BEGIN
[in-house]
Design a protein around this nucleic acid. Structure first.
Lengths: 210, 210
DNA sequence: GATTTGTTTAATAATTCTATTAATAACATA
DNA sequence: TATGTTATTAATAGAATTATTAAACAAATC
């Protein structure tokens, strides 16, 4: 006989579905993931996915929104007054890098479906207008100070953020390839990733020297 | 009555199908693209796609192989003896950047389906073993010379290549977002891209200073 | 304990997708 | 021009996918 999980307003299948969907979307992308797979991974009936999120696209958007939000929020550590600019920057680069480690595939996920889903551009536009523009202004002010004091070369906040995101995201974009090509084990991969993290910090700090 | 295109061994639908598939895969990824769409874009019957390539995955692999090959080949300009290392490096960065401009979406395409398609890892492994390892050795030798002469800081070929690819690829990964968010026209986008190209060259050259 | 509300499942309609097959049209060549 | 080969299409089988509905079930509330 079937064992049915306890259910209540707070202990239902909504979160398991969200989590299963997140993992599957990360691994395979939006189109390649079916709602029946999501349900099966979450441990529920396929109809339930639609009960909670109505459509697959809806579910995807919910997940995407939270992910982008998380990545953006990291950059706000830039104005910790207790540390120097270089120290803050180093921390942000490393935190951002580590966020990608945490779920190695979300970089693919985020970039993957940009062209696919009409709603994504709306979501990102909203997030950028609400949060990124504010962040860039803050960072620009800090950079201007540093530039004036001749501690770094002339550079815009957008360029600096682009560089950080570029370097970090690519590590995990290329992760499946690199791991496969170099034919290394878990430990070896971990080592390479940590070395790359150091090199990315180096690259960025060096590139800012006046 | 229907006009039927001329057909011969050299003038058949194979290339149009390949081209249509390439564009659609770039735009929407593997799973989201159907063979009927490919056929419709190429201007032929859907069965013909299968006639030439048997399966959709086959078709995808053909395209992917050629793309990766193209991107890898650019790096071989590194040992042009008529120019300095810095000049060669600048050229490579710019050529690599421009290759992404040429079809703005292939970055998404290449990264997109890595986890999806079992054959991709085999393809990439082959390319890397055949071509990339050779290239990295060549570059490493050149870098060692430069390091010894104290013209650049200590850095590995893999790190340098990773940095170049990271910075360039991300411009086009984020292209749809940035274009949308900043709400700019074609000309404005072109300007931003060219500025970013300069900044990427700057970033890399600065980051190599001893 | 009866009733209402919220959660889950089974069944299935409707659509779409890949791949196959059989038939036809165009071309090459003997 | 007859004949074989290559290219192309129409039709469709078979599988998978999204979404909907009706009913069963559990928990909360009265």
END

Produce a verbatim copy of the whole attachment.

[in-house]
Design a protein around this nucleic acid. Structure first.
Lengths: 210, 210
DNA sequence: GATTTGTTTAATAATTCTATTAATAACATA
DNA sequence: TATGTTATTAATAGAATTATTAAACAAATC
């Protein structure tokens, strides 16, 4: 006989579905993931996915929104007054890098479906207008100070953020390839990733020297 | 009555199908693209796609192989003896950047389906073993010379290549977002891209200073 | 304990997708 | 021009996918 999980307003299948969907979307992308797979991974009936999120696209958007939000929020550590600019920057680069480690595939996920889903551009536009523009202004002010004091070369906040995101995201974009090509084990991969993290910090700090 | 295109061994639908598939895969990824769409874009019957390539995955692999090959080949300009290392490096960065401009979406395409398609890892492994390892050795030798002469800081070929690819690829990964968010026209986008190209060259050259 | 509300499942309609097959049209060549 | 080969299409089988509905079930509330 079937064992049915306890259910209540707070202990239902909504979160398991969200989590299963997140993992599957990360691994395979939006189109390649079916709602029946999501349900099966979450441990529920396929109809339930639609009960909670109505459509697959809806579910995807919910997940995407939270992910982008998380990545953006990291950059706000830039104005910790207790540390120097270089120290803050180093921390942000490393935190951002580590966020990608945490779920190695979300970089693919985020970039993957940009062209696919009409709603994504709306979501990102909203997030950028609400949060990124504010962040860039803050960072620009800090950079201007540093530039004036001749501690770094002339550079815009957008360029600096682009560089950080570029370097970090690519590590995990290329992760499946690199791991496969170099034919290394878990430990070896971990080592390479940590070395790359150091090199990315180096690259960025060096590139800012006046 | 229907006009039927001329057909011969050299003038058949194979290339149009390949081209249509390439564009659609770039735009929407593997799973989201159907063979009927490919056929419709190429201007032929859907069965013909299968006639030439048997399966959709086959078709995808053909395209992917050629793309990766193209991107890898650019790096071989590194040992042009008529120019300095810095000049060669600048050229490579710019050529690599421009290759992404040429079809703005292939970055998404290449990264997109890595986890999806079992054959991709085999393809990439082959390319890397055949071509990339050779290239990295060549570059490493050149870098060692430069390091010894104290013209650049200590850095590995893999790190340098990773940095170049990271910075360039991300411009086009984020292209749809940035274009949308900043709400700019074609000309404005072109300007931003060219500025970013300069900044990427700057970033890399600065980051190599001893 | 009866009733209402919220959660889950089974069944299935409707659509779409890949791949196959059989038939036809165009071309090459003997 | 007859004949074989290559290219192309129409039709469709078979599988998978999204979404909907009706009913069963559990928990909360009265």